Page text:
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Mr. Tiger Goes Wild, Chelsea Theatre – Review

Pros: Catchy songs, a lot of humour and plenty of opportunities for interaction will keep kids engaged throughout the show.

Cons: There are big drops in pace every now and again.

Pros: Catchy songs, a lot of humour and plenty of opportunities for interaction will keep kids engaged throughout the show. Cons: There are big drops in pace every now and again. The Christmas season is always a good time for lovers of both literature and theatre, with many adaptations of famous as well as lesser-known books making their way to the stage. Mr Tiger Goes Wild, brought to life by Goblin and Chelsea Theatre, might fall in the latter category, but that doesn’t make it any less of a wonderful show for children ages three and over. Mr Tiger…

Summary

Rating

Excellent

This big-hearted story about the importance of meeting your friends halfway is perfect for the festive season (despite probably being the least Christmassy show around right now).

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The Christmas season is always a good time for lovers of both literature and theatre, with many adaptations of famous as well as lesser-known books making their way to the stage. Mr Tiger Goes Wild, brought to life by Goblin and Chelsea Theatre, might fall in the latter category, but that doesn’t make it any less of a wonderful show for children ages three and over.

Mr Tiger and Mr Deer are two sensible, well-mannered friends living a rather humdrum life in the city. Every day is the same; they even wash their underpants at the same time every morning (eight o’clock, if you were wondering). Until, one day, Mr Tiger has a bit of a midlife crisis and decides to shake things up. This breakaway from the usual routine involves throwing around Mr Deer’s boring cucumber sandwiches and face-planting into a cake, before Mr Tiger swaps his suit for an ensemble involving a lot of leather and moving to the wilderness.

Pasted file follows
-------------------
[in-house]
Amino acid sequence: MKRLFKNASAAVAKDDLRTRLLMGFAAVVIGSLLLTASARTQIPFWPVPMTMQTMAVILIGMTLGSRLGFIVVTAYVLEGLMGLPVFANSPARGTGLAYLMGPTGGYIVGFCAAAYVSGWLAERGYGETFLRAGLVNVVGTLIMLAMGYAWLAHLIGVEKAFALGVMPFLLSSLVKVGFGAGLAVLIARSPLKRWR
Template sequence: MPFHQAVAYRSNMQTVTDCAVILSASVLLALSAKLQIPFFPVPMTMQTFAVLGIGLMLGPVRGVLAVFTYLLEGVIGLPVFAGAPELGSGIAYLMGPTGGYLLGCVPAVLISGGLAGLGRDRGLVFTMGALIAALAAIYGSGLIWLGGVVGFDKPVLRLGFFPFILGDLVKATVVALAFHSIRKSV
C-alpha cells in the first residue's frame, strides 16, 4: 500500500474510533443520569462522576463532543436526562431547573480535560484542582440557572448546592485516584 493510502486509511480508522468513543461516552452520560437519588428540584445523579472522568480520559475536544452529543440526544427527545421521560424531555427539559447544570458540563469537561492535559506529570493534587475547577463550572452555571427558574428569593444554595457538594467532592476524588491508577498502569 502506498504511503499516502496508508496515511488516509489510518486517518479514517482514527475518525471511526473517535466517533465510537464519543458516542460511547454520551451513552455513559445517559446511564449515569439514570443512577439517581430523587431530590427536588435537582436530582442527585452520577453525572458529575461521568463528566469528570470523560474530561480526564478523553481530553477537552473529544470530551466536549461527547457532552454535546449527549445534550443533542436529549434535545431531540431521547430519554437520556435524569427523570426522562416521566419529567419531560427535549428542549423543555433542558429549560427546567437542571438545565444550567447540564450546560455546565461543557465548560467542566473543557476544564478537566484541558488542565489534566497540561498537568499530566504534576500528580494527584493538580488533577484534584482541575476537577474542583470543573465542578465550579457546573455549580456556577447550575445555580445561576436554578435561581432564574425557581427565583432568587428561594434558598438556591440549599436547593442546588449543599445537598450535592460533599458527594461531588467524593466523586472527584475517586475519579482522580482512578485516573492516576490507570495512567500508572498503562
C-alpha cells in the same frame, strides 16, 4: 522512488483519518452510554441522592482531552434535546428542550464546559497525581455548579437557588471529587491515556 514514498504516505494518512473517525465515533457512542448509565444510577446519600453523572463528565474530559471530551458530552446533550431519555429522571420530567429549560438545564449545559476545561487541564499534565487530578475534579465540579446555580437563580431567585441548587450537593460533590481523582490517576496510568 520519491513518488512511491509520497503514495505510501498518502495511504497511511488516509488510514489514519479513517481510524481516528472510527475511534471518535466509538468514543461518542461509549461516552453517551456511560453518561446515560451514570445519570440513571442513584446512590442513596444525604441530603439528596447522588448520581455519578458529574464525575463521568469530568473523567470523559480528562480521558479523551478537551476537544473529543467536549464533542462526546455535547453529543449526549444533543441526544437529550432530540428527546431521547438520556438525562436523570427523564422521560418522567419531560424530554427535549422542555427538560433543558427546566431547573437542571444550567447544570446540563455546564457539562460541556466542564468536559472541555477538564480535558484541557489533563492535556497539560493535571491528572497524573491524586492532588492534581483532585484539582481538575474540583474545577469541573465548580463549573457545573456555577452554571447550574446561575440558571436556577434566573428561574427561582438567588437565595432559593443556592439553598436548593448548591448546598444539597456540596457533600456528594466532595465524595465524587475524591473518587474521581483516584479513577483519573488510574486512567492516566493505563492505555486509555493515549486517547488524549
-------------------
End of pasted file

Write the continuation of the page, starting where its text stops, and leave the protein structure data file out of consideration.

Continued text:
Predictably, the children in the audience were having a blast, especially with the food being thrown around. Tom Penn (Mr Tiger) and Sheldon Green (Mr Deer) also keep them engaged by having them roar along to the music and showing off their best tiger dance moves. The pace drops occasionally, particularly during a long, somewhat dull song in which the two friends realise how much they miss each other. The rest of the show, however, flies by thanks to the rocking songs (that I was still humming on the train home) and the genuinely charming way Green and Penn bounce off of one another.

Mr Tiger Goes Wild is a sweet and funny story that children will really take something away from: the importance of being yourself and giving your friends room to do the same. It’s the type of creative, high-quality kids’ theatre that can sometimes be hard to find in the overwhelming amount of less-than-original pantos that rule the theatres this time of year. So take your own children, or borrow a couple, and find out for yourself. I challenge you not to feel the desire to have a proper food fight when you get home.

Author: Peter Brown
Adaptation: Matt Borgatti
Director: James Blakey
Producer: Goblin Theatre
Music and Lyrics: Will Dollard, Mary Erskine and David Lydon
Box Office: 020 7352 1967
Booking Link: http://www.chelseatheatre.org.uk/project/mr-tiger-goes-wild/
Booking Until: 22 December 2014

About Eva de Valk

Eva de Valk
Eva moved to London to study the relationship between performance and the city and is now looking for somewhere to put her amazing tea-making and academic referencing skills to good use. She likes most kinds of theatre, especially when it involves 1) animals, 2) audience participation and/or 3) a revolving stage. Seventies Andrew Lloyd Webber holds a special place in her heart, which she makes up for by being able to talk pretentiously about Shakespeare. When she grows up she wants to be either a Jedi or Mark Gatiss.